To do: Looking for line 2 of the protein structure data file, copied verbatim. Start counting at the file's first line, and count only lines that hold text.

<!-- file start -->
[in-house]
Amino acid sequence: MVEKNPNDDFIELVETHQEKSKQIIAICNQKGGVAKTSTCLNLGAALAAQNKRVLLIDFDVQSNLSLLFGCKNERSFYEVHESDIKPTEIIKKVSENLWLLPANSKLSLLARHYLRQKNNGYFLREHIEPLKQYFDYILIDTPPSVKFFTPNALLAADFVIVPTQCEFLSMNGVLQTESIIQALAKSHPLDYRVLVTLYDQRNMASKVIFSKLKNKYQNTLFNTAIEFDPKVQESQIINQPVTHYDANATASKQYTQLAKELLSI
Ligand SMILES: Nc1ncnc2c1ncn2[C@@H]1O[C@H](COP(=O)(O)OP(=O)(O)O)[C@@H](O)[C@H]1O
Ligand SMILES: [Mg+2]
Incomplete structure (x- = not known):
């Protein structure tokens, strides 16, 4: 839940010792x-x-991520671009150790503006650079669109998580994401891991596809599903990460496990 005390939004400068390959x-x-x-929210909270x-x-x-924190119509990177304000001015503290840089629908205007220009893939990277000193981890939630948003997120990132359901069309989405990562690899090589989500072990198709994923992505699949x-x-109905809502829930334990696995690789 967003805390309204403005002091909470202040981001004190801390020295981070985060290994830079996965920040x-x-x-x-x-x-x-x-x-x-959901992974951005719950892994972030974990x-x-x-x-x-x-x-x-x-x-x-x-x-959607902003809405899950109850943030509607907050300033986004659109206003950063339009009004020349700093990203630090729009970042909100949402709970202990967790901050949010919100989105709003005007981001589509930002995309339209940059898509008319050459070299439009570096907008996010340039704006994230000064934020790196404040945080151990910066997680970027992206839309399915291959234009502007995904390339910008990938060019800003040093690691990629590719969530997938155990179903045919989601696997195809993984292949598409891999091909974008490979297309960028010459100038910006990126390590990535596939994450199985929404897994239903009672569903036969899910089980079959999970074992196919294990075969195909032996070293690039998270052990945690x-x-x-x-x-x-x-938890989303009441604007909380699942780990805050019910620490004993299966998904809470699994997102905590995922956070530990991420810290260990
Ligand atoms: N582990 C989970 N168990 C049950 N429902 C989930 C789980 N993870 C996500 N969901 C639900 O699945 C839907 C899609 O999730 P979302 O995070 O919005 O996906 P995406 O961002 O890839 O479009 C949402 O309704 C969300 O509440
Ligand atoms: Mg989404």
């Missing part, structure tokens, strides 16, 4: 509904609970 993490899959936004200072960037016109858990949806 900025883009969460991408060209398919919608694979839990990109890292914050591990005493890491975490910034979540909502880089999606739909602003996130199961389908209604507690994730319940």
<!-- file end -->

Amino acid sequence: MVEKNPNDDFIELVETHQEKSKQIIAICNQKGGVAKTSTCLNLGAALAAQNKRVLLIDFDVQSNLSLLFGCKNERSFYEVHESDIKPTEIIKKVSENLWLLPANSKLSLLARHYLRQKNNGYFLREHIEPLKQYFDYILIDTPPSVKFFTPNALLAADFVIVPTQCEFLSMNGVLQTESIIQALAKSHPLDYRVLVTLYDQRNMASKVIFSKLKNKYQNTLFNTAIEFDPKVQESQIINQPVTHYDANATASKQYTQLAKELLSI